The value of red roses for RFU is rapidly “rising” amid calls for fairer financial rewards

England will make history at Twickenham on Saturday, amid an appeal to the Rugby Football Union to ensure the financial rewards available in the women’s game match its growing value to the governing body.

The Red Roses host France in a Grand Slam decider with more than 53,000 tickets already sold, surpassing the previous record crowd of 42,579 seen for last autumn’s World Cup final against New Zealand in Auckland.

It provides another seminal moment in the expansion of women’s rugby, with England as standard-bearers as they continue to fill the club’s pitches through the Six Nations.

In the process, it significantly outscores the men’s game in the quest undertaken to find its ‘net promoter score’ – the extent to which match-goers would recommend the experience to others.

Rugby Players’ Association general secretary Christian Day is currently involved in discussions with the RFU about a new deal for the women as their existing contracts expire this summer.

Day believes that Red Roses are now a major asset to the RFU and are becoming key to the sport’s prosperity.

“For me, when you look at how rugby is going to grow, you look at the women’s game,” said Day.

“I don’t think anyone would have thought there would be 60,000 at Twickenham on Saturday and I wonder how many of them have already been to an England match.

“It’s a whole new market, a new demographic of fans and supporters and people watching.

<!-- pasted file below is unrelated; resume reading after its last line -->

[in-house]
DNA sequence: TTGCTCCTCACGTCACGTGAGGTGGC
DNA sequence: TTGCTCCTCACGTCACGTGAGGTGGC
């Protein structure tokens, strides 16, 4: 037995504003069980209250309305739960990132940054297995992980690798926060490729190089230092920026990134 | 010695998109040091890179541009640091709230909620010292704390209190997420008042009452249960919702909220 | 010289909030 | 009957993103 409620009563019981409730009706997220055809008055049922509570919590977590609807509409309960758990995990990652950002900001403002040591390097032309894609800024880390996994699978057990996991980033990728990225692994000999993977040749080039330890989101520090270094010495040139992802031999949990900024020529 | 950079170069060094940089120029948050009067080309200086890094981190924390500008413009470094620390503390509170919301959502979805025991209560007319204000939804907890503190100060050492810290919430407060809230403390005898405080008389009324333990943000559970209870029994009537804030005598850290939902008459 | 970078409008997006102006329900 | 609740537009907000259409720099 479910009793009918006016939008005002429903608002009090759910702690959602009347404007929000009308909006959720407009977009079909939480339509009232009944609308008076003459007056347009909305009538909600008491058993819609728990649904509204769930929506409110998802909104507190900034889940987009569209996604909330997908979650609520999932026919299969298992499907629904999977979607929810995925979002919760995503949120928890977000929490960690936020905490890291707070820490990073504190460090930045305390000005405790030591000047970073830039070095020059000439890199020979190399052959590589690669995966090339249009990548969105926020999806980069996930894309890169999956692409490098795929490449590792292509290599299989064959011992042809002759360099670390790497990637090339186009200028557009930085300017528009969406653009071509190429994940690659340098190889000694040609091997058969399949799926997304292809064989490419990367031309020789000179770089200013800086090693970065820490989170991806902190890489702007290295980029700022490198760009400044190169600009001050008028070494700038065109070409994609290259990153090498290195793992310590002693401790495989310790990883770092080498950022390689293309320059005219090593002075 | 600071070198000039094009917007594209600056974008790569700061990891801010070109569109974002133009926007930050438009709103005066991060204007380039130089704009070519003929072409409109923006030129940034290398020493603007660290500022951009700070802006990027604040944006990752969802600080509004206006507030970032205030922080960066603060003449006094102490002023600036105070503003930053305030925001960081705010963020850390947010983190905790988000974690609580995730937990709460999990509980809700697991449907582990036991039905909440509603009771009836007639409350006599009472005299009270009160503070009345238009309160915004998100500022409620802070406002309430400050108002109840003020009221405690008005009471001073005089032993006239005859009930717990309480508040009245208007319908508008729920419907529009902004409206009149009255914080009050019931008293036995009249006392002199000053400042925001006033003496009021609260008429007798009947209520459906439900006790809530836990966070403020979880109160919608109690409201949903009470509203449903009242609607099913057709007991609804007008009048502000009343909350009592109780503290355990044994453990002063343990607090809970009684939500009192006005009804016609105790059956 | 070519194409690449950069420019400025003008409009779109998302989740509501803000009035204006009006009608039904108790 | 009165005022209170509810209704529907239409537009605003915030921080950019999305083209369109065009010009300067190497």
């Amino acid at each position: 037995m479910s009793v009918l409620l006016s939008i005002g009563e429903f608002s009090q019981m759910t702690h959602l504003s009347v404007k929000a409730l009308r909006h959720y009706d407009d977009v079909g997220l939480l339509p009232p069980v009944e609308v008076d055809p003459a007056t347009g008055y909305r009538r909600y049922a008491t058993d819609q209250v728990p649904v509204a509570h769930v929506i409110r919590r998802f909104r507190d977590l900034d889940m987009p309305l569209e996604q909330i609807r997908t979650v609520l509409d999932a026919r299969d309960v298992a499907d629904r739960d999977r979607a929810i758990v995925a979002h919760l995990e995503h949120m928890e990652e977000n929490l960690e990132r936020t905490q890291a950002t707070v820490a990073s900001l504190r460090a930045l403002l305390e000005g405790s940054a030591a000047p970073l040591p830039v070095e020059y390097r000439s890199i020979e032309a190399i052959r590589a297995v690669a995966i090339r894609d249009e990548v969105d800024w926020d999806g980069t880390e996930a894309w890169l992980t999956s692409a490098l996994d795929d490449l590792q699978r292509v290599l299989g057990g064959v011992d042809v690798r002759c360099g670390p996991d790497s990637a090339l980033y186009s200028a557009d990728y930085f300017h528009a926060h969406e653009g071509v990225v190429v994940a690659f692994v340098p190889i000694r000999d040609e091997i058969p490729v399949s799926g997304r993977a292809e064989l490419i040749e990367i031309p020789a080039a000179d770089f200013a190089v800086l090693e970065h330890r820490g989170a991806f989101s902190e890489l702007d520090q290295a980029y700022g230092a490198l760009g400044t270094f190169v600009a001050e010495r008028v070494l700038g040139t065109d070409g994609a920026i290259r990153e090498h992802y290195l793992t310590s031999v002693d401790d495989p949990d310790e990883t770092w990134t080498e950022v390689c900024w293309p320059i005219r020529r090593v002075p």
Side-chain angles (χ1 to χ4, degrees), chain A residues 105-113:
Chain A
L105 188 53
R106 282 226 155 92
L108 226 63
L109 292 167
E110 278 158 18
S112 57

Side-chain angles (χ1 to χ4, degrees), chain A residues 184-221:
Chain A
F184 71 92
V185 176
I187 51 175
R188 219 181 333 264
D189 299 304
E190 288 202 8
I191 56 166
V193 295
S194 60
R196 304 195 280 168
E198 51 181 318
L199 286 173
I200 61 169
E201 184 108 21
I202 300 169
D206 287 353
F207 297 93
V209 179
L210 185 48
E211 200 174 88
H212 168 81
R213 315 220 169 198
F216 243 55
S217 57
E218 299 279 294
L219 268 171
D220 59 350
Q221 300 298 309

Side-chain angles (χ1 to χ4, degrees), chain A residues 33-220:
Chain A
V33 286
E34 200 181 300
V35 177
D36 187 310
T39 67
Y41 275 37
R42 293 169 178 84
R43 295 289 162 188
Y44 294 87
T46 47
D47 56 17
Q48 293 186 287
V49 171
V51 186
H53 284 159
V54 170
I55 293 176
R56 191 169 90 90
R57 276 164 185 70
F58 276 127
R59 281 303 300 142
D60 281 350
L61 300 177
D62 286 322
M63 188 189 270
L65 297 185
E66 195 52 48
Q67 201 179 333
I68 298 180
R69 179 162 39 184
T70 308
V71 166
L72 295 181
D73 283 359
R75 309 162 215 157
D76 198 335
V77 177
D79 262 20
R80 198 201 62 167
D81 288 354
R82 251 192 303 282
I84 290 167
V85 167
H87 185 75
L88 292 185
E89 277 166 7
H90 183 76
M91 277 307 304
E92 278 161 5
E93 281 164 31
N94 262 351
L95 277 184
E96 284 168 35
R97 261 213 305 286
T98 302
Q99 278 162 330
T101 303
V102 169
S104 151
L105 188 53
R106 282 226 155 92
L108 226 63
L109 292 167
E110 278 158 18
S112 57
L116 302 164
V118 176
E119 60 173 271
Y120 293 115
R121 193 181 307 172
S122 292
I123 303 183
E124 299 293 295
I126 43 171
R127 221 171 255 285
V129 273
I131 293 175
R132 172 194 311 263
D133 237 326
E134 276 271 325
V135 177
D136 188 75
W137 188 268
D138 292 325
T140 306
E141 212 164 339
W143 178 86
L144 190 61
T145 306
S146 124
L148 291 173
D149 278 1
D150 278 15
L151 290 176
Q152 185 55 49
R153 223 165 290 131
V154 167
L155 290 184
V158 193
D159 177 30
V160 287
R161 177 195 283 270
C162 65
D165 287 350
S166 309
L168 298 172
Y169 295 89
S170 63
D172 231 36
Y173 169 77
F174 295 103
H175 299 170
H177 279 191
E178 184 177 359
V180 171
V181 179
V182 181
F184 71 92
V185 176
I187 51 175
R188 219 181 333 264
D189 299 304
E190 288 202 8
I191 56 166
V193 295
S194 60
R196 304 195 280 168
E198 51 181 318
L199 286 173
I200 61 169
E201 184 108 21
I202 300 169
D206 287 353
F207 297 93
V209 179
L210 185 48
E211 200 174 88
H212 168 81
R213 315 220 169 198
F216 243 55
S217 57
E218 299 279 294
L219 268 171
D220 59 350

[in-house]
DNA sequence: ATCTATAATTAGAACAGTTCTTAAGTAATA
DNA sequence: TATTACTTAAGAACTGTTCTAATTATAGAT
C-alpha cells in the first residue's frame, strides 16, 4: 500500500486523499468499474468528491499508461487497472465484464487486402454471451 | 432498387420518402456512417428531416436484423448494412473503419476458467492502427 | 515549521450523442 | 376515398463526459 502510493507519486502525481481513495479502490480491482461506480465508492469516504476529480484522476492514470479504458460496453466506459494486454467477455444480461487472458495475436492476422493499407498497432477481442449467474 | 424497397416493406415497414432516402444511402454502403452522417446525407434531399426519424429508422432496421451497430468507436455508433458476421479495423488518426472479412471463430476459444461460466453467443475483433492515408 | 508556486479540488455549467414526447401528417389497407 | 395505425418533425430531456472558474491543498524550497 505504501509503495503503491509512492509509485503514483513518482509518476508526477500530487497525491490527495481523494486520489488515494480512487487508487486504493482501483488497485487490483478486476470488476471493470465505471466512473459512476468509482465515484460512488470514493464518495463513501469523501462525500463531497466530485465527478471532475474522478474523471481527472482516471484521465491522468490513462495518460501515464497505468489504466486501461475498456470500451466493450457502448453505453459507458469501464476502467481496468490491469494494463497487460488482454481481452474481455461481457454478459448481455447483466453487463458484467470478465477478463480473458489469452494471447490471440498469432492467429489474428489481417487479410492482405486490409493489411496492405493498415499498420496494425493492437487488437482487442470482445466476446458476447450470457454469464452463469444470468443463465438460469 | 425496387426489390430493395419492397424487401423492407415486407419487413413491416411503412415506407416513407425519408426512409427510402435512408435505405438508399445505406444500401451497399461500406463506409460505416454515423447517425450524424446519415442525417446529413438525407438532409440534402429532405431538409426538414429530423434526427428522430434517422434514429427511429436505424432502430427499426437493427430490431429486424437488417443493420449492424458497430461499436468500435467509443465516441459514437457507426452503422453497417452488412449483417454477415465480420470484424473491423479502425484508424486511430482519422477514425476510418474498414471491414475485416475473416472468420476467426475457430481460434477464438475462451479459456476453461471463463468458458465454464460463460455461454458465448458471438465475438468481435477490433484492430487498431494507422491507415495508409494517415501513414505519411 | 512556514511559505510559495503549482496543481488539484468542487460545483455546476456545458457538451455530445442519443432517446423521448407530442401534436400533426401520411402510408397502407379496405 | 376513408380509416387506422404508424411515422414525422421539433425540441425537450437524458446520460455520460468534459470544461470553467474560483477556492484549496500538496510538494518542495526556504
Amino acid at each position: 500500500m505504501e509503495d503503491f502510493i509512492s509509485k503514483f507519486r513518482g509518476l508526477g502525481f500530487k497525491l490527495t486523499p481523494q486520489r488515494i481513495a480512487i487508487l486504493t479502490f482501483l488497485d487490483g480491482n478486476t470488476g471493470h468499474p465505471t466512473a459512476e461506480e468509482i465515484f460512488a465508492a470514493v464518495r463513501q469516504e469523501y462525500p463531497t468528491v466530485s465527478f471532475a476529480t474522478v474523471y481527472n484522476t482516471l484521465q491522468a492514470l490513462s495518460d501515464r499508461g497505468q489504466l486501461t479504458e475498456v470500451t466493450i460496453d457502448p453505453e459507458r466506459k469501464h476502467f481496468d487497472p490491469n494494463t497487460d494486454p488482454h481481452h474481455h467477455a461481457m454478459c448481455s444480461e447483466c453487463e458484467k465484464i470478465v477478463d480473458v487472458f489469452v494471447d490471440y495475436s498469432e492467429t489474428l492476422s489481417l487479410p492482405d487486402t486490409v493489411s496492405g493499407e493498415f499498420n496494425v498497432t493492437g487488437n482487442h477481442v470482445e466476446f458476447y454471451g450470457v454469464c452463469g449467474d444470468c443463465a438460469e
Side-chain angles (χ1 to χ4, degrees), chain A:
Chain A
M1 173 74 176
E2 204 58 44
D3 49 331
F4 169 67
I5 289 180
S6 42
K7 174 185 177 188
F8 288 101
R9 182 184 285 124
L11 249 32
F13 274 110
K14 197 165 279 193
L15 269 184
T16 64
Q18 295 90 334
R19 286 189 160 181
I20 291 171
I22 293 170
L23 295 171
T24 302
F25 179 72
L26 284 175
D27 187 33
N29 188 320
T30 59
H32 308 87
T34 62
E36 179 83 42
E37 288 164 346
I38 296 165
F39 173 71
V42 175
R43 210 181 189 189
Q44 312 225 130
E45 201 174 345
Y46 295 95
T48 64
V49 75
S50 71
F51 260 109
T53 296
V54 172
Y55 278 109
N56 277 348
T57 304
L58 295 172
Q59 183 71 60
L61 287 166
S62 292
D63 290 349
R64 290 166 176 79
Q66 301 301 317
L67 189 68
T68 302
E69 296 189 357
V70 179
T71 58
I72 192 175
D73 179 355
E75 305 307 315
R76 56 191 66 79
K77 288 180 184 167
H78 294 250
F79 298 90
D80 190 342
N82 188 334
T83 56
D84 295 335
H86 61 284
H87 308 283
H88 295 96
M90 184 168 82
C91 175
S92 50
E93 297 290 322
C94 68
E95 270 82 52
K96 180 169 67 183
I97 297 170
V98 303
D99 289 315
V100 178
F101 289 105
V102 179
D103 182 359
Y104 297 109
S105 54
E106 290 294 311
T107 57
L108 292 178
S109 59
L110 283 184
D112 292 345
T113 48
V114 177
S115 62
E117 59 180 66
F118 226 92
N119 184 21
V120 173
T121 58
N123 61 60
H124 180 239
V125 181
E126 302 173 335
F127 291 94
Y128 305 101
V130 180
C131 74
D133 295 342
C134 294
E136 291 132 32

“Viewership figures on the BBC are over one million, which is what the recent Saracens v Harlequins match on ITV did, so very similar numbers.

“Women’s football offers a huge opportunity for growth and who’s to say there can’t be double ties in Exeter for example?

“That explains part of the investment, but also why we need people to support this concept of serious women’s rugby.

“We are now concluding the contracts and want a fair representation of what their value is to the RFU. I think it’s going up.

“I think they are becoming a big part of the RFU brand and we know it’s the players who generate the vast majority of money in rugby.”

Day insists that the Red Roses have emerged as superb ambassadors for the sport, noting that they “crave the support they’ve never had before” while for the men, “it’s a tougher sell because they’ve always had it.”

A fixture of every England match is that players stay long after the final whistle to interact with fans, snap selfies and sign autographs.

“A huge credit goes to the RFU and the players for ticket sales on Saturday. They ran over and that mob didn’t happen by itself,” Day said.

Emily Scarratt (center) says there are fewer kicks in the women's game

Emily Scarratt, center, says there are fewer kicks in the women’s game (Brett Phibbs/PA)

“I’ve used the tube countless times and all I can see is Zoe Aldcroft staring at me as I get tickets for Saturday.

“Girls may realize on Saturday that they can’t have 60,000 selfies, but they’ll still try to work their way around the field to interact with everyone.

“I’ve been to games with my daughter and she took a selfie with every player. A huge credit goes to them.”

For England star Emily Scarratt, who misses the showdown with France with neck and ankle injuries, women’s rugby has its one selling point.

“Generally there isn’t as much football and there is a little more ball in playing time,” said Scarratt.

“We try to find the edges and the breadth and there’s a little bit more freedom in the game, which is a great reason to come and see it. People who come to games usually really like what they see.

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